Defense of Individuals
Anyone can become a suspect.
Lately, criminal law has penetrated new areas of life which nobody imagined would be within its reach. Particularly in economic regulation, the legislator has resorted increasingly to prohibitions and directives enforced by criminal sanctions – many unknown even to those who work in the affected areas. At the same time, government agencies, armed with new investigative powers and emboldened by increasingly superficial judicial supervision, are prosecuting defendants more aggressively. Even a mere suspicion of wrongdoing opens up wide-ranging investigative powers. Mail and emails can be read, phones tapped, and even private residences put under surveillance. The target may only learn of this much later, perhaps when police search his house in front of his family and neighbors or – in the worst case – arrest him and take him into investigative custody.
The state’s investigative powers are more wide-ranging today than ever, and the individual is generally powerless without professional assistance. The role of the defense lawyer is to counter this imbalance of power by using the law. The Criminal Procedure Code (StPO) grants the defense many rights to participate and to influence decisions. These rights must be exercised diligently from the investigation phase until the trial.
“Criminal defense is a battle.” For us, this means the rights of defendants must be pursued without compromise. At the same time, however, a responsible defense lawyer must inform his client that some goals – for instance, a complete acquittal – cannot realistically be achieved in some cases. A lawyer who spares his client the truth and lets him encounter danger unprepared is not doing his job properly. Even worse, he may sacrifice the opportunity to achieve the best results for his client.
No respectable defense lawyer can guarantee his client that a lawsuit will end a certain way. What we can guarantee is vigorous and competent representation of our clients’ legal interests, and to treat our clients, regardless of the accusations against them, with respect and openness.
The statement that there is no such thing as corporate criminal law in Germany is actually false. It is still impossible to impose criminal punishments on companies and organizations. However, the German legal system contains a wide-ranging arsenal of other sanctions against companies which are equivalent to criminal punishments.
The law on regulatory offenses authorizes punishments of up to € 10 million for violations by individual employees. Even more punitive is the law on disgorgement of profits earned by the violation. In these cases, the various financial penalties can go much farther, endangering the company’s very existence. In anticipation of these sanctions, investigators now often seek to secure assets and freeze bank accounts already during the investigation phase. In the worst-case scenario, a firm can be driven into bankruptcy even before any wrongdoing has been proven.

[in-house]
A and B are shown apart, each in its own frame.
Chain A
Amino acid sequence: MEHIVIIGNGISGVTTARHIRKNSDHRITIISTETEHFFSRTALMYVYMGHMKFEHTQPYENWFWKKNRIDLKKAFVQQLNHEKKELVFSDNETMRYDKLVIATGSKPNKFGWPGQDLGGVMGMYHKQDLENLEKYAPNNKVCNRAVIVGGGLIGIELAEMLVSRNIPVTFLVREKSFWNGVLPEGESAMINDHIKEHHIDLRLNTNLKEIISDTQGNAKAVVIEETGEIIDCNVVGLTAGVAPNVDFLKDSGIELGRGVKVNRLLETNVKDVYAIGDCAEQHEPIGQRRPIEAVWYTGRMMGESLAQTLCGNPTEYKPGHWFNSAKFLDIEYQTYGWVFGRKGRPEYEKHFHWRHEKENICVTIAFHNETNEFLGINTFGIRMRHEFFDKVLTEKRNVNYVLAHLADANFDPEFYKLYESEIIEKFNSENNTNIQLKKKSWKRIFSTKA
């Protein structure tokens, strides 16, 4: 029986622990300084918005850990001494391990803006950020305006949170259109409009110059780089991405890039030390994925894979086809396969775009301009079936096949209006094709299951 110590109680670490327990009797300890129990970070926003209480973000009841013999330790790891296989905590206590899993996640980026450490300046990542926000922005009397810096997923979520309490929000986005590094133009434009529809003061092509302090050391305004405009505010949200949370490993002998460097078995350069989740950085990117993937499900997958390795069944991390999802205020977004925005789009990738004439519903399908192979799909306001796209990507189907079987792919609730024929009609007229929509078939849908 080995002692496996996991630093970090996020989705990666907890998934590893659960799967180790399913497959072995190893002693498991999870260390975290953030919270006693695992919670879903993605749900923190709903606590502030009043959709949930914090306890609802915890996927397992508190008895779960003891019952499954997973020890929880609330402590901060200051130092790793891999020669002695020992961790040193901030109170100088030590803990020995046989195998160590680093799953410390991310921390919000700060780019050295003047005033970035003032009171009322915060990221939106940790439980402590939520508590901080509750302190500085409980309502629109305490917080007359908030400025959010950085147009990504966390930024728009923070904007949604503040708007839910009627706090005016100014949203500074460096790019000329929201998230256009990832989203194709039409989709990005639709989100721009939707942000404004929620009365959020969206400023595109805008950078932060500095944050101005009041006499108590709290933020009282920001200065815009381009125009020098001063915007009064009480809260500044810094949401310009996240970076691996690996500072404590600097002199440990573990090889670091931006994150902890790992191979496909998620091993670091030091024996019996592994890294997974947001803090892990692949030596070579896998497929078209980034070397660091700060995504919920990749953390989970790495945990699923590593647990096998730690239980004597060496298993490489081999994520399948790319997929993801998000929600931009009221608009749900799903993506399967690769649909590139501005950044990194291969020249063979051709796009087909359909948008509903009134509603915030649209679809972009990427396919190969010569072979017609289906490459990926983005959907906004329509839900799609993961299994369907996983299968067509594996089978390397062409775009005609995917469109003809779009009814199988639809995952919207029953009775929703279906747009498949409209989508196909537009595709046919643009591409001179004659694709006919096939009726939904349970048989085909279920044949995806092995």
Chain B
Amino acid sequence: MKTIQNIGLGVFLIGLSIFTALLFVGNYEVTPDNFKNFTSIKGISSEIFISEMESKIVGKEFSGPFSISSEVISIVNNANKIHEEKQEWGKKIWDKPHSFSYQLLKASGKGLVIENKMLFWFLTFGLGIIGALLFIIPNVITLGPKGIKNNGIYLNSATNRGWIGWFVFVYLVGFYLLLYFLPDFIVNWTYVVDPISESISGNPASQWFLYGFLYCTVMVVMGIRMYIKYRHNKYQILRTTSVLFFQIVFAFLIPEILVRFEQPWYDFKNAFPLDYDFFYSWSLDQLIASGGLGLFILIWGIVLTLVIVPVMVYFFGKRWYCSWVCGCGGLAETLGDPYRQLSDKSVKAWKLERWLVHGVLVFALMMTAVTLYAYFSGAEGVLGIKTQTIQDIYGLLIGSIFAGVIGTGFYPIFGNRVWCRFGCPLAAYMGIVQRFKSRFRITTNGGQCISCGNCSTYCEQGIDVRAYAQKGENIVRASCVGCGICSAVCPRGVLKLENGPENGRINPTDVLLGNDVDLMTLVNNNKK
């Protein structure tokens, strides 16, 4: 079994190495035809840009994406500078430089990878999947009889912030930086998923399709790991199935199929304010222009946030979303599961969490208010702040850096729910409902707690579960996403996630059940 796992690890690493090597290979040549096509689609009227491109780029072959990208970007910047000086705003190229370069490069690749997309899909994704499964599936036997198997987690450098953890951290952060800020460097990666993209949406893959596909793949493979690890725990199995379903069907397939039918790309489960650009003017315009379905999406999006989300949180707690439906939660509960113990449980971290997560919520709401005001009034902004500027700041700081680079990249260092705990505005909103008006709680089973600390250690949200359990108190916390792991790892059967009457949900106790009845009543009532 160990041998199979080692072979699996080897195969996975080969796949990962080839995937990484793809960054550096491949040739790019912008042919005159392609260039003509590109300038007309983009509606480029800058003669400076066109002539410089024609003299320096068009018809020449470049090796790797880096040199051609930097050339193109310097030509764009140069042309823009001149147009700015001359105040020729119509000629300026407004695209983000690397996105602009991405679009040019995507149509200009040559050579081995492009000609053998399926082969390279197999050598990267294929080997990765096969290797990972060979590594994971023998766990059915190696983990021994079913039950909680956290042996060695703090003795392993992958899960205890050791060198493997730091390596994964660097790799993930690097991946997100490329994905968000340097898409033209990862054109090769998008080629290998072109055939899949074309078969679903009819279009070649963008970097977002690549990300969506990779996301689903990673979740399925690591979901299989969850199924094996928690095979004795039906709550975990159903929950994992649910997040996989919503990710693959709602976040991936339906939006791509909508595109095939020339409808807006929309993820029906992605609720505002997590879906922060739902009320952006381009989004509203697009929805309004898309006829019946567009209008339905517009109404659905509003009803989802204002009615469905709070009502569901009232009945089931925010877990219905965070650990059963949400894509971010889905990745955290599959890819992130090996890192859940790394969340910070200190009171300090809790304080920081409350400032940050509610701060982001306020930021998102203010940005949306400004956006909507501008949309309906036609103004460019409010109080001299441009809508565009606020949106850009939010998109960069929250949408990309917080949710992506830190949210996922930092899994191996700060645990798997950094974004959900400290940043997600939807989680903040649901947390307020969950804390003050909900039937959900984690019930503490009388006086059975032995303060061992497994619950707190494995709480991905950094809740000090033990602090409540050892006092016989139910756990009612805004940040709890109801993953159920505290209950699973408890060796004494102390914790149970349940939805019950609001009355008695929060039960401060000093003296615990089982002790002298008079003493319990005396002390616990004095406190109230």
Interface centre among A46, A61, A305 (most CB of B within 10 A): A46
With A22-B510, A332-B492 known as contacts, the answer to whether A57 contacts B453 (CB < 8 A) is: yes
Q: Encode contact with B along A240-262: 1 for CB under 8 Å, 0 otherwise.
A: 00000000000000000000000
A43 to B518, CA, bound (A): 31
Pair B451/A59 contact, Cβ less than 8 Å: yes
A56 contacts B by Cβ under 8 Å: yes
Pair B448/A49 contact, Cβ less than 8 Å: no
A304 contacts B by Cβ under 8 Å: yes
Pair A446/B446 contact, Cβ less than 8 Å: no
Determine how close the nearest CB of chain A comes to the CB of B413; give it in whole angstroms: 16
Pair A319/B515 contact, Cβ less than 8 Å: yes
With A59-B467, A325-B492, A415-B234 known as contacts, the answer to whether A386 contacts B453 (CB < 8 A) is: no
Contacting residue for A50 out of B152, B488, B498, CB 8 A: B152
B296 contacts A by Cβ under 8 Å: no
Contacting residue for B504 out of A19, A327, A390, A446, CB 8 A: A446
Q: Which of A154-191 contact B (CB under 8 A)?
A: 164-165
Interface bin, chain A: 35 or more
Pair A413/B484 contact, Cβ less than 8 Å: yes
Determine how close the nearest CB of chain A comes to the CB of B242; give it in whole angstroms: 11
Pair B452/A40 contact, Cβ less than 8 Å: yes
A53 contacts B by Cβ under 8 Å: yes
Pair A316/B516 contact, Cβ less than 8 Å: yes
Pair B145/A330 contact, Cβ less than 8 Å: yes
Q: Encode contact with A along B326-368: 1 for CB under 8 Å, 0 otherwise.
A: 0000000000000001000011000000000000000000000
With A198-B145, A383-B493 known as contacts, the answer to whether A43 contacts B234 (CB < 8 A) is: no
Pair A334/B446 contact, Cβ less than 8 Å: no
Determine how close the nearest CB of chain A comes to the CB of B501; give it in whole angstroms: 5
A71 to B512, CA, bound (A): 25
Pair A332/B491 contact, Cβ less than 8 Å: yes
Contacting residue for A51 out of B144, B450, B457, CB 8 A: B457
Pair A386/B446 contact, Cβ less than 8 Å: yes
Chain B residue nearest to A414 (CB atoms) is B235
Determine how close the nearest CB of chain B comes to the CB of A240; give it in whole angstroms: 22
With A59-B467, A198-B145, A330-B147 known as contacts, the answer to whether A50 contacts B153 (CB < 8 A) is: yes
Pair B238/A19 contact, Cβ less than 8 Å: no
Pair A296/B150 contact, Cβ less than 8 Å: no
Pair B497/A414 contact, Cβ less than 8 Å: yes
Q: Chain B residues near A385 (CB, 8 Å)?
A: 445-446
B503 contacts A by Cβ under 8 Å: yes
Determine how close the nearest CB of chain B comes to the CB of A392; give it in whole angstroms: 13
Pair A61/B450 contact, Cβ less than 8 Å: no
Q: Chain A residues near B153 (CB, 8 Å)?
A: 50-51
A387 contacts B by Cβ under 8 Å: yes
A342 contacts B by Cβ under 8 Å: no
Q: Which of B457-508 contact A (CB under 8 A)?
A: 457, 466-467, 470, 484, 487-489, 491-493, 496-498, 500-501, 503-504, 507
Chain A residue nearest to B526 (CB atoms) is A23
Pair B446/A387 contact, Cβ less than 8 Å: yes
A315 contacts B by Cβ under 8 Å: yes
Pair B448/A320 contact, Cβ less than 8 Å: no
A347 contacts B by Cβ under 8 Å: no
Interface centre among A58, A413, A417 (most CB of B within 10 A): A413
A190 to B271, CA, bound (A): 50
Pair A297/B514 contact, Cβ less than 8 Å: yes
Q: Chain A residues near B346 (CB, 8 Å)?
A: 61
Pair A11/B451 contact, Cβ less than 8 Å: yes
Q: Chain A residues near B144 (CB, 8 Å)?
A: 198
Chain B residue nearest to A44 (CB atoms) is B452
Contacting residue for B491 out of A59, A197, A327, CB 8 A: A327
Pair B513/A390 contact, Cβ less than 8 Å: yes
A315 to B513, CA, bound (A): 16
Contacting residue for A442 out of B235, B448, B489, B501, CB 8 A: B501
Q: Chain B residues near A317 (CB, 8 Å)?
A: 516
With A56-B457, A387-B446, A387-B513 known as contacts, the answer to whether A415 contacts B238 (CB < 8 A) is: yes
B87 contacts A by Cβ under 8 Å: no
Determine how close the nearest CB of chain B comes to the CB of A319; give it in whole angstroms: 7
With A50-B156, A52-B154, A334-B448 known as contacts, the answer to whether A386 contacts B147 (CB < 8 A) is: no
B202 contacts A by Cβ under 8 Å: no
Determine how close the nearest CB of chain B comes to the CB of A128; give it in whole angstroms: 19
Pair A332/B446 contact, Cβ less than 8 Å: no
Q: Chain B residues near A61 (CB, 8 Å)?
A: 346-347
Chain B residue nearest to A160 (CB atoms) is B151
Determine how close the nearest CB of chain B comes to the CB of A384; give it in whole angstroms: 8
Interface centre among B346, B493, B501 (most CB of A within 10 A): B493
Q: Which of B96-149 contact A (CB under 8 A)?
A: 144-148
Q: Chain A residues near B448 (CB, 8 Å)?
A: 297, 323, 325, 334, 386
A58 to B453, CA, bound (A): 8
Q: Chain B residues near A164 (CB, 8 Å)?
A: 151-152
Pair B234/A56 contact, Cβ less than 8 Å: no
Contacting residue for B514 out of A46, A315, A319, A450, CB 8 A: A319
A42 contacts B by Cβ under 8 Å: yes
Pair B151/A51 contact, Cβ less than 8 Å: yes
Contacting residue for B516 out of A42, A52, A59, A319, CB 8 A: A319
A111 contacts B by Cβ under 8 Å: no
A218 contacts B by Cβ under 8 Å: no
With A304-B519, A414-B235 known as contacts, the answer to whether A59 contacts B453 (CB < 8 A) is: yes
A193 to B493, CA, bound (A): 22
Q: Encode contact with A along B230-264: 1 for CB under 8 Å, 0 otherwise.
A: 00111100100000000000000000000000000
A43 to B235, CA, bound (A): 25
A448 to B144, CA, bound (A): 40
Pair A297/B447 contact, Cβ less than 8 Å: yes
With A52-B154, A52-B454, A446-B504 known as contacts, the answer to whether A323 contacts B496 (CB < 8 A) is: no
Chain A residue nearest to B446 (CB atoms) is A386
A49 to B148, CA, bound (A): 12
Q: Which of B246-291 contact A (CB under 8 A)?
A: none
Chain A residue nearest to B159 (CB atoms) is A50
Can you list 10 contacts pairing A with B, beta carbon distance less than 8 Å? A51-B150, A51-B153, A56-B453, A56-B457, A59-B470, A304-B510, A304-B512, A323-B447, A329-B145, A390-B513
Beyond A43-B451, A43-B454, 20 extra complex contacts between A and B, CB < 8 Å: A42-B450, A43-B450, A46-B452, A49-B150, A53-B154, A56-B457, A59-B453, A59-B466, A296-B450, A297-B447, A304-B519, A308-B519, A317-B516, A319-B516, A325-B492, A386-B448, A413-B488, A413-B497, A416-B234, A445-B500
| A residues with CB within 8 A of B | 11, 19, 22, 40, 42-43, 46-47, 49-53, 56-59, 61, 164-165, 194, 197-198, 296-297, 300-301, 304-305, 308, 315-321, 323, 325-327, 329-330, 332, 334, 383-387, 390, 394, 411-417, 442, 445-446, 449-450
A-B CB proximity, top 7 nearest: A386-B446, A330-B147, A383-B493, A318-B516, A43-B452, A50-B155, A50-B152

Even when this can be avoided, the long-term effects of fine determination proceedings can be crippling. Being listed in a ‘corruption registry’ can result in a ban on bidding for public projects (among other sanctions) and eventually lead to an effective ban on a company’s activity. Press reports on such investigations unnerve clients, employees, and suppliers, and can permanently damage the reputation a company has built with care.
In light of these potential consequences, it is evident that a company needs legal advisors which represent its interests exclusively. This is especially true when the investigation also targets a company’s managers, whose interests may well diverge from those of the company.
Considering these circumstances, defense of businesses is a complex matter which requires not just legal know-how but finesse and a sense of proportion. A lawyer defending a company is often an attorney, coordinator, and PR-manager at the same time. When dealing with investigators, the defender must show strategic skill and persistence – without losing sight of what is feasible.
Our lawyers understand these demands and can fulfil them. We have successfully defended firms of all sizes, in all areas of business.
In particular, we have considerable experience in internal investigations which accompany legal proceedings. These can be a useful tool in defending firms. In an internal investigation, we are hired by the firm, but act independently to investigate alleged wrongdoing. This can eliminate – or at least reduce – the harmful effects of state investigations, including searches reported in the media, seizure of documents and data, drawn-out proceedings, and other potential problems. In the best-case outcome, the results of the investigation may be accepted by the investigating agencies without any further measures. By successfully completing numerous internal investigations – some cross-border – our lawyers have earned the respect not only of prosecutors but also of the firms on whose behalf we worked.